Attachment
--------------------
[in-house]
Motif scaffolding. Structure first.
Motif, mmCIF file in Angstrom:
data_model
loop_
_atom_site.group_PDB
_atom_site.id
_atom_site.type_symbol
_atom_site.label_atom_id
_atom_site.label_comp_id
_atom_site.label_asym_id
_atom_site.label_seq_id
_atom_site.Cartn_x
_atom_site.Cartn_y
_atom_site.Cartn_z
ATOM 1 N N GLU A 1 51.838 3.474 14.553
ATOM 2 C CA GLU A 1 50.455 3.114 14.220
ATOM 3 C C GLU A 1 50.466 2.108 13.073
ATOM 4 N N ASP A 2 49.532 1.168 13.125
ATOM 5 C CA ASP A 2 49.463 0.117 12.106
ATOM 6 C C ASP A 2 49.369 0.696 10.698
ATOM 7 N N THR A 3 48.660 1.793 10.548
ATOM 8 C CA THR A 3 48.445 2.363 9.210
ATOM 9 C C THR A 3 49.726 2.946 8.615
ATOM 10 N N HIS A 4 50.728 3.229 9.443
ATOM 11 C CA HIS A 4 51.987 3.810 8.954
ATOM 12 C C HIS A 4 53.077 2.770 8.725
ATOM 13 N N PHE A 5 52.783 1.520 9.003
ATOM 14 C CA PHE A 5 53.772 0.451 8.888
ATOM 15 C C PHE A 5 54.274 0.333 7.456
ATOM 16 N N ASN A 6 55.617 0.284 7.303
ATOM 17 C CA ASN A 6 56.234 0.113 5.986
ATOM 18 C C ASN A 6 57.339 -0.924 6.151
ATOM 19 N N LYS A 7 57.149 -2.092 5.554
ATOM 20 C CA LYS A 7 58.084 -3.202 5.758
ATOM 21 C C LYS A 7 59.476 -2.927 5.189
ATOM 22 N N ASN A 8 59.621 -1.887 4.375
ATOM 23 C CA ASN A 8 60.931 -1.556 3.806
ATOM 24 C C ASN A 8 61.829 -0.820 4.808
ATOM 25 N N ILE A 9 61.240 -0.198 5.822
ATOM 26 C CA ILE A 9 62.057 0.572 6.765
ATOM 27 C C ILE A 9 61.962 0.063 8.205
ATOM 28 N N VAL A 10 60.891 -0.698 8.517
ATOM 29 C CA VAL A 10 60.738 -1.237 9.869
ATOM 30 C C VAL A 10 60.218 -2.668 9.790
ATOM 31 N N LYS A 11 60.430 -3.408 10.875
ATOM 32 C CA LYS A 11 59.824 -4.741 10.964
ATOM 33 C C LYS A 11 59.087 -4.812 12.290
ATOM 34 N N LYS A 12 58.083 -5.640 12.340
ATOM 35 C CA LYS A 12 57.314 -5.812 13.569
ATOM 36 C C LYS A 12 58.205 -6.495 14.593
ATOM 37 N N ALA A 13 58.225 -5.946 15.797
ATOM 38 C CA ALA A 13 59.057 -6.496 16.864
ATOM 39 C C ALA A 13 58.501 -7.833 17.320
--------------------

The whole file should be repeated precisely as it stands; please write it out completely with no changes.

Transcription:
[in-house]
Motif scaffolding. Structure first.
Motif, mmCIF file in Angstrom:
data_model
loop_
_atom_site.group_PDB
_atom_site.id
_atom_site.type_symbol
_atom_site.label_atom_id
_atom_site.label_comp_id
_atom_site.label_asym_id
_atom_site.label_seq_id
_atom_site.Cartn_x
_atom_site.Cartn_y
_atom_site.Cartn_z
ATOM 1 N N GLU A 1 51.838 3.474 14.553
ATOM 2 C CA GLU A 1 50.455 3.114 14.220
ATOM 3 C C GLU A 1 50.466 2.108 13.073
ATOM 4 N N ASP A 2 49.532 1.168 13.125
ATOM 5 C CA ASP A 2 49.463 0.117 12.106
ATOM 6 C C ASP A 2 49.369 0.696 10.698
ATOM 7 N N THR A 3 48.660 1.793 10.548
ATOM 8 C CA THR A 3 48.445 2.363 9.210
ATOM 9 C C THR A 3 49.726 2.946 8.615
ATOM 10 N N HIS A 4 50.728 3.229 9.443
ATOM 11 C CA HIS A 4 51.987 3.810 8.954
ATOM 12 C C HIS A 4 53.077 2.770 8.725
ATOM 13 N N PHE A 5 52.783 1.520 9.003
ATOM 14 C CA PHE A 5 53.772 0.451 8.888
ATOM 15 C C PHE A 5 54.274 0.333 7.456
ATOM 16 N N ASN A 6 55.617 0.284 7.303
ATOM 17 C CA ASN A 6 56.234 0.113 5.986
ATOM 18 C C ASN A 6 57.339 -0.924 6.151
ATOM 19 N N LYS A 7 57.149 -2.092 5.554
ATOM 20 C CA LYS A 7 58.084 -3.202 5.758
ATOM 21 C C LYS A 7 59.476 -2.927 5.189
ATOM 22 N N ASN A 8 59.621 -1.887 4.375
ATOM 23 C CA ASN A 8 60.931 -1.556 3.806
ATOM 24 C C ASN A 8 61.829 -0.820 4.808
ATOM 25 N N ILE A 9 61.240 -0.198 5.822
ATOM 26 C CA ILE A 9 62.057 0.572 6.765
ATOM 27 C C ILE A 9 61.962 0.063 8.205
ATOM 28 N N VAL A 10 60.891 -0.698 8.517
ATOM 29 C CA VAL A 10 60.738 -1.237 9.869
ATOM 30 C C VAL A 10 60.218 -2.668 9.790
ATOM 31 N N LYS A 11 60.430 -3.408 10.875
ATOM 32 C CA LYS A 11 59.824 -4.741 10.964
ATOM 33 C C LYS A 11 59.087 -4.812 12.290
ATOM 34 N N LYS A 12 58.083 -5.640 12.340
ATOM 35 C CA LYS A 12 57.314 -5.812 13.569
ATOM 36 C C LYS A 12 58.205 -6.495 14.593
ATOM 37 N N ALA A 13 58.225 -5.946 15.797
ATOM 38 C CA ALA A 13 59.057 -6.496 16.864
ATOM 39 C C ALA A 13 58.501 -7.833 17.320